Liquid Plasma

Transfusion medicine continually evolves with the demands of modern healthcare. One key component gaining traction in various clinical scenarios, notably trauma, is liquid plasma. This article delves into the specifics of liquid plasma, its applications, and its significance in today's medical landscape.

What is Liquid Plasma?
Liquid Plasma
Never frozen!

Liquid plasma (LP or LQP) is essentially plasma that has not been frozen after being separated from whole blood or apheresis collections. Unlike fresh frozen plasma (FFP) or thawed plasma, which undergoes freezing and thawing processes, LP is stored at refrigerator temperatures from the time of collection until its expiration.

Why Choose Liquid Plasma?

  1. Rapid Availability: In emergent situations, especially trauma, the quick availability of LP can be life-saving. There's no need to wait for the thawing process, as with FFP. However LP, is typically used as a 'bridge' so to speak. Patients are given LP until FFP is finished thawing which can often take up to 30 minutes.
  2. Extended Shelf Life: While FFP needs to be used soon after thawing (5 days max), LP can be stored refrigerated for up to 26 days post-collection.
  3. Efficacy: LP contains vital clotting factors in amounts similar to FFP, making it effective for coagulopathy reversal.

Applications of Liquid Plasma

  1. Trauma and Massive Transfusion Protocols (MTP): The immediate availability of LP can be crucial in trauma settings where rapid blood component administration is required, such as a Massive Transfusion Protocol initiation.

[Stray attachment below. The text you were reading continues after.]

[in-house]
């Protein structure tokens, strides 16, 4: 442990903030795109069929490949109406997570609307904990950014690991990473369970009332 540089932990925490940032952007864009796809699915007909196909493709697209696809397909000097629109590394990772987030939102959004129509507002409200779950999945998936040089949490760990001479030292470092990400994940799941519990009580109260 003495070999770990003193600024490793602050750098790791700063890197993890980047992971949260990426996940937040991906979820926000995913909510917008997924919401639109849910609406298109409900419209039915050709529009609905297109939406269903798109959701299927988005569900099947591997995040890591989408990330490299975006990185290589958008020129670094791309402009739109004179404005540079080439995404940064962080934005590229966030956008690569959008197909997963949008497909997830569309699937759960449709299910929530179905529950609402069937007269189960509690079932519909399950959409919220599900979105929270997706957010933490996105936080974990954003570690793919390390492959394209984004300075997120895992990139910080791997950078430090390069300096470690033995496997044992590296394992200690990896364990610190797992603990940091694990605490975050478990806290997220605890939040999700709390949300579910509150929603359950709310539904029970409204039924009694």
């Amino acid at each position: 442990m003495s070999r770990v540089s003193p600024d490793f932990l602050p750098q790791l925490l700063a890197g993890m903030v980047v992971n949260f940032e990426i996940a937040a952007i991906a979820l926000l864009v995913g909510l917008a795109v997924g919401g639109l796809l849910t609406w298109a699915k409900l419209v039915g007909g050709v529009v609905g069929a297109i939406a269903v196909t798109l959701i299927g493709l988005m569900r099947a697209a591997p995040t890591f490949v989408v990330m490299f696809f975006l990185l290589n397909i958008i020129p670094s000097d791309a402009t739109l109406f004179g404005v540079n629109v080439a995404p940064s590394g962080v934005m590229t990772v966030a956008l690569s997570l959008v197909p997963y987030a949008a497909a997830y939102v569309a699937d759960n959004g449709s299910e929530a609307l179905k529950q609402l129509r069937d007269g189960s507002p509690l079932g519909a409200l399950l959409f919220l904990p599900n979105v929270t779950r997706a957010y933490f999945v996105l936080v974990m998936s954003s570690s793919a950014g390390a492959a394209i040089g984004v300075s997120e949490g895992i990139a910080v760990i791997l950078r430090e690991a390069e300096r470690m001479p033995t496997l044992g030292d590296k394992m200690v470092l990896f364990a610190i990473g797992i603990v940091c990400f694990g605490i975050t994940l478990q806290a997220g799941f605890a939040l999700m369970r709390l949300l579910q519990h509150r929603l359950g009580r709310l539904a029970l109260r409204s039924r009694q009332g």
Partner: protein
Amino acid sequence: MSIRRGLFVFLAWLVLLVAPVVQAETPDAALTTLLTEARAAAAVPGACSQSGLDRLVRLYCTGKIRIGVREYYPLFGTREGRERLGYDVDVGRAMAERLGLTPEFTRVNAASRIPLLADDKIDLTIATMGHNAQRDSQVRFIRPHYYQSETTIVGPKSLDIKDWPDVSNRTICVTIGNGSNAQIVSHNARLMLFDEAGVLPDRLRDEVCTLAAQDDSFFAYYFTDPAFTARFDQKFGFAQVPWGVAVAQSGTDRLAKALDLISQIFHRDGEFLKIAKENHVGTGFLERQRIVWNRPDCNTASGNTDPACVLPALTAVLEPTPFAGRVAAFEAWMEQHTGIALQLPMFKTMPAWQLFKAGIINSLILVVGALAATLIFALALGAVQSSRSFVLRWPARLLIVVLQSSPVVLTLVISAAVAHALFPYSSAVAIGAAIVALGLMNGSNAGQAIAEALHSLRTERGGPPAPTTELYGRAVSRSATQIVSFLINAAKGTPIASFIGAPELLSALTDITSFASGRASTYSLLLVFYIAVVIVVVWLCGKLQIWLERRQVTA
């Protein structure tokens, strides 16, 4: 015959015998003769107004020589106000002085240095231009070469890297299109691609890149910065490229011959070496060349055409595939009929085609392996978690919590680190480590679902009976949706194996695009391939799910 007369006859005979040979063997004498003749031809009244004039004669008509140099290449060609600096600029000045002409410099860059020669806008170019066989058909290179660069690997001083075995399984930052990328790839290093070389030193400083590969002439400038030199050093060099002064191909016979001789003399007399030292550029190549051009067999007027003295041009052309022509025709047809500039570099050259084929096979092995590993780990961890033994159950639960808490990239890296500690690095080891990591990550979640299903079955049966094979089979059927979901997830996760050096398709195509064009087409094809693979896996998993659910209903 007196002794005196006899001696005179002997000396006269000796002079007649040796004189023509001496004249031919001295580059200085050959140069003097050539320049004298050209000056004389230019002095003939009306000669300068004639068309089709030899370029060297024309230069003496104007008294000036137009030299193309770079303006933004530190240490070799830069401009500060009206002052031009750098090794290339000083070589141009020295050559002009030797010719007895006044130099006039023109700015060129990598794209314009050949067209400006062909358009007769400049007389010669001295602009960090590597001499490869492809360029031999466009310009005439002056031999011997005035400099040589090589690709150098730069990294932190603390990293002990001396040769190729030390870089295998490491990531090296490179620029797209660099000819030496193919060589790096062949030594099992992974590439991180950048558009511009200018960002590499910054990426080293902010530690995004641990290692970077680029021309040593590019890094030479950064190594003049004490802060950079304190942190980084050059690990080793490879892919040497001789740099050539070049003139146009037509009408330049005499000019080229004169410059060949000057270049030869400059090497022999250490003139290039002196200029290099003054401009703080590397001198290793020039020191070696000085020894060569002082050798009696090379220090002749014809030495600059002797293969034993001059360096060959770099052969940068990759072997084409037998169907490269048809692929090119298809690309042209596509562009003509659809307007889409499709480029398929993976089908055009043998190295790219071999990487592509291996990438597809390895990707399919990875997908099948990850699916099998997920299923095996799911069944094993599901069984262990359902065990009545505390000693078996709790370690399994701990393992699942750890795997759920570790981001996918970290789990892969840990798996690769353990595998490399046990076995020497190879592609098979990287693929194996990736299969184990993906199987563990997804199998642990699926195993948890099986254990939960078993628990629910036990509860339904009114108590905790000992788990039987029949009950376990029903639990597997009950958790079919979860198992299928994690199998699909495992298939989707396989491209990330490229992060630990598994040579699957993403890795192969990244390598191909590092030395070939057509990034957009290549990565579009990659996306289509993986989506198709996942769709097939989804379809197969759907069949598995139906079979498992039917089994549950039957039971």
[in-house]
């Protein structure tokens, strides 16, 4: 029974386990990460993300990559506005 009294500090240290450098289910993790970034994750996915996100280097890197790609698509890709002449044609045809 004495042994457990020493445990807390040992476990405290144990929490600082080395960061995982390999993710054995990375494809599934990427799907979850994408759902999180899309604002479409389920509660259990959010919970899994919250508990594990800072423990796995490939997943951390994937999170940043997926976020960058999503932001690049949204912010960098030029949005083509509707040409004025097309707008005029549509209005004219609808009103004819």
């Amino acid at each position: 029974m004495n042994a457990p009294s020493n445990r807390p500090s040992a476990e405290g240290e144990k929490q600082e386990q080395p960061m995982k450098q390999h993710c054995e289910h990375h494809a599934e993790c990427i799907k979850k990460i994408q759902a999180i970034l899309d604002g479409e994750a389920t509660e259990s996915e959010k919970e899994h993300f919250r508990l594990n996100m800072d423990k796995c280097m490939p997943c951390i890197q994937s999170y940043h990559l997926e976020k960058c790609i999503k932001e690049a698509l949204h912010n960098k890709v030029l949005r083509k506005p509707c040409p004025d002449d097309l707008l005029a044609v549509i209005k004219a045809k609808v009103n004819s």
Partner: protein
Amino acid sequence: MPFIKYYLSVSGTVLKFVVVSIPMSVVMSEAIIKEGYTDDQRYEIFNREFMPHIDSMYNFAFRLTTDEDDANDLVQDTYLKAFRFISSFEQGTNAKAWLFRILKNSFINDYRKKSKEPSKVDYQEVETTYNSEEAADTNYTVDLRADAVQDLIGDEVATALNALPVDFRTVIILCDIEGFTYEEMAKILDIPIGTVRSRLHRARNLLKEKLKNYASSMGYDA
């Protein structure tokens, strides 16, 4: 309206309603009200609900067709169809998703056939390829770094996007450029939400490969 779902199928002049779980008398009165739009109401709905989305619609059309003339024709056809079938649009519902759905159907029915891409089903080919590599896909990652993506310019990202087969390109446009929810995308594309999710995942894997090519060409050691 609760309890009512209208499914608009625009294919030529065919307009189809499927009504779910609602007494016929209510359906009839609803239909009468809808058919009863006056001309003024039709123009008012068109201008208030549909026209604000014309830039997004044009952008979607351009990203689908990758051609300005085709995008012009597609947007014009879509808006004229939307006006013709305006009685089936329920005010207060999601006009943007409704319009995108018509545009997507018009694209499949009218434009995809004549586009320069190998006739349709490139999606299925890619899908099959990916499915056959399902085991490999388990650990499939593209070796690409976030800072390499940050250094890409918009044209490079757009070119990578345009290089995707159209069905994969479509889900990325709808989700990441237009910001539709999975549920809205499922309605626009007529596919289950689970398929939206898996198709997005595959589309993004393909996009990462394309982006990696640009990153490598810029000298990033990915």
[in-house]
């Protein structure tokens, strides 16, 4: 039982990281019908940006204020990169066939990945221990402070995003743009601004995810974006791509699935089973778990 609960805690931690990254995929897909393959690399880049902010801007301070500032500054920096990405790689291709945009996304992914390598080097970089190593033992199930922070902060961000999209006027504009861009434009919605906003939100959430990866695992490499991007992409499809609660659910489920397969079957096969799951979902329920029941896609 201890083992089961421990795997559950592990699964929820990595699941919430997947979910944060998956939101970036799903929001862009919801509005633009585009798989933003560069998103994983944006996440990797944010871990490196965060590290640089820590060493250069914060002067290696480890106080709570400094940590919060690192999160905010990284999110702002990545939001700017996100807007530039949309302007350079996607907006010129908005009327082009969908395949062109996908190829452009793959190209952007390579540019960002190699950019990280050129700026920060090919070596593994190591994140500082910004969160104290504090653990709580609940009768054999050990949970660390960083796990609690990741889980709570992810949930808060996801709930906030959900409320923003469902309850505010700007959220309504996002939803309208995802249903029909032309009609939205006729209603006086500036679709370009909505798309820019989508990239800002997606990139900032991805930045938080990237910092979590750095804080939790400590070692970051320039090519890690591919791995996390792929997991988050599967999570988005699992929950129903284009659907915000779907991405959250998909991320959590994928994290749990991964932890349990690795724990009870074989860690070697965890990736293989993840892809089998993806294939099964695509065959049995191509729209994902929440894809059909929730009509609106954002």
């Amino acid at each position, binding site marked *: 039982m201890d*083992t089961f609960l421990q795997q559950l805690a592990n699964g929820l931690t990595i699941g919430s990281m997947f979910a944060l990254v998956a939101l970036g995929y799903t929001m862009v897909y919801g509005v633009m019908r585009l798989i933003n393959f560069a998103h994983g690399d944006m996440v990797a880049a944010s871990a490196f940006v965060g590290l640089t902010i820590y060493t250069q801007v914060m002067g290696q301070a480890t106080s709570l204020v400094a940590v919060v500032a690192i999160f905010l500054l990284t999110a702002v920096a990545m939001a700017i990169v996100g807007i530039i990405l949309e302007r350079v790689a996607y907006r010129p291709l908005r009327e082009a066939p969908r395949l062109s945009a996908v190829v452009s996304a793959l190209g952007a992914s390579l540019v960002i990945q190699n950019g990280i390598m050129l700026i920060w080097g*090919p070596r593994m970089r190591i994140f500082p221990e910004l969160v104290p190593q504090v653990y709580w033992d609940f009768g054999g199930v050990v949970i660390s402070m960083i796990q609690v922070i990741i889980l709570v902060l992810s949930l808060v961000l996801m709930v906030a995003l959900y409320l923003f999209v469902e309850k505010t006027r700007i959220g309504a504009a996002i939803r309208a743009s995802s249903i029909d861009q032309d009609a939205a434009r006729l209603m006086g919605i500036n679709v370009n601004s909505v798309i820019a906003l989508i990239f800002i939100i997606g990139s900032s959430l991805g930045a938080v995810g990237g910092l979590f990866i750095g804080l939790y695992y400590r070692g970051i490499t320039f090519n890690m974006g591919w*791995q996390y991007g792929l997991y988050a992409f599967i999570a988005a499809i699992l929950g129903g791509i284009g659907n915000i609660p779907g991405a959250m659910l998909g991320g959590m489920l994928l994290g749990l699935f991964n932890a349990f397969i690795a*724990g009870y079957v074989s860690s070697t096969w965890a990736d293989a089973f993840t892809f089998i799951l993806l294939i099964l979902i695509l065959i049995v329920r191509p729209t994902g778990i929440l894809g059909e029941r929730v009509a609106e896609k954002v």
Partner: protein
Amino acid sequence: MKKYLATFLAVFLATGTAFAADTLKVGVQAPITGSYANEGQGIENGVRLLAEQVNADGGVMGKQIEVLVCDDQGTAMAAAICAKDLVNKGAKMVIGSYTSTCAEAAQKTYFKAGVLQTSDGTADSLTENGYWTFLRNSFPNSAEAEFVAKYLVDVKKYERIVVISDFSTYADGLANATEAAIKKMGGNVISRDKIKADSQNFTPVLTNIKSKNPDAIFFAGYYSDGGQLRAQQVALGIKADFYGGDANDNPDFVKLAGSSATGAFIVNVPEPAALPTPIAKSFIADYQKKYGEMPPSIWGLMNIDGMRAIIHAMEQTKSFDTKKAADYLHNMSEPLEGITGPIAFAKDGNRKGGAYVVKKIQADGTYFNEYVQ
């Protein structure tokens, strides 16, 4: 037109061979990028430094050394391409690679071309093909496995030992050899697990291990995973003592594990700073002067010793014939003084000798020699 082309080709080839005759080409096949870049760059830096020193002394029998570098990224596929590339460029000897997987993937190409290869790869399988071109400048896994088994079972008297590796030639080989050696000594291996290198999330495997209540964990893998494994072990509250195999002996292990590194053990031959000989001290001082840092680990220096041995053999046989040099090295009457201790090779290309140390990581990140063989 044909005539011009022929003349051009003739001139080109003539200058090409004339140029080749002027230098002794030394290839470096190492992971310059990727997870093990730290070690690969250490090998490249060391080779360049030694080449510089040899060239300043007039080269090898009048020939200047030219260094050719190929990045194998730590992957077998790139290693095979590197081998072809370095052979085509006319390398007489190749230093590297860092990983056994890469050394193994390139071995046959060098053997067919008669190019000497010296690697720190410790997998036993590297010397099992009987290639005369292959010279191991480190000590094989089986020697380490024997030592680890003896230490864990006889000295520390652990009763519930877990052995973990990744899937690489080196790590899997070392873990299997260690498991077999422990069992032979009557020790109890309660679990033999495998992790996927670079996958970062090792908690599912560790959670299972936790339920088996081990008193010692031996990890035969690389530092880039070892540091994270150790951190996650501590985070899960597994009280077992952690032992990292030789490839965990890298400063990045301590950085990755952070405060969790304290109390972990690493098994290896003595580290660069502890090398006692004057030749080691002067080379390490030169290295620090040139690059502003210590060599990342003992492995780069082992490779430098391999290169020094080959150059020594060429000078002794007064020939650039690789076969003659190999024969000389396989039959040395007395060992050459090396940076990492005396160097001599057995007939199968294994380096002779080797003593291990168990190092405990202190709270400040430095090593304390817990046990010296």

2. Cardiac Surgery: Some centers use LP for patients undergoing cardiac procedures to manage bleeding complications.
  3. Liver Disease: LP can assist in clotting factor replacement for patients with liver diseases.

Advantages of Using Liquid Plasma

  1. Immediate Use: No thawing time ensures rapid administration to patients.
  2. Reduction in Wastage: The longer shelf life of LP compared to thawed plasma reduces the potential for wastage.
  3. Safety: LP undergoes the same infectious disease testing as other blood components, ensuring patient safety.

Challenges with Liquid Plasma

  1. Storage Requirements: To maintain its efficacy, LP requires strict refrigerated storage conditions.
  2. Limited Availability: Not all blood centers or hospitals stock LP regularly, potentially limiting its widespread use.
  3. Cost: Producing and storing LP might have associated costs that some institutions find prohibitive.
  4. Patient Volume: Ensuring that LP is used before expiration really hinges on a busy Transfusion Medicine department. Smaller hospitals would likely not find using Liquid Plasma feasible. Larger hospitals with a dedicated trauma program are more likely to successfully utilize Liquid Plasma. 

Looking Ahead

Liquid plasma's role in transfusion medicine is undeniable. Its use in trauma settings underscores its potential to save lives when every second counts. As more clinical evidence emerges supporting its efficacy, it's likely that LP will find even broader applications.

However, as with all medical products, it's essential to weigh the benefits against potential challenges. Proper storage, understanding its indications, and ensuring timely use will determine its place in the medical arsenal.

Liquid plasma offers a promising solution in the rapidly evolving domain of transfusion medicine. Its increasing prominence in trauma care and other clinical situations highlights the need for continued research and understanding of its optimal use.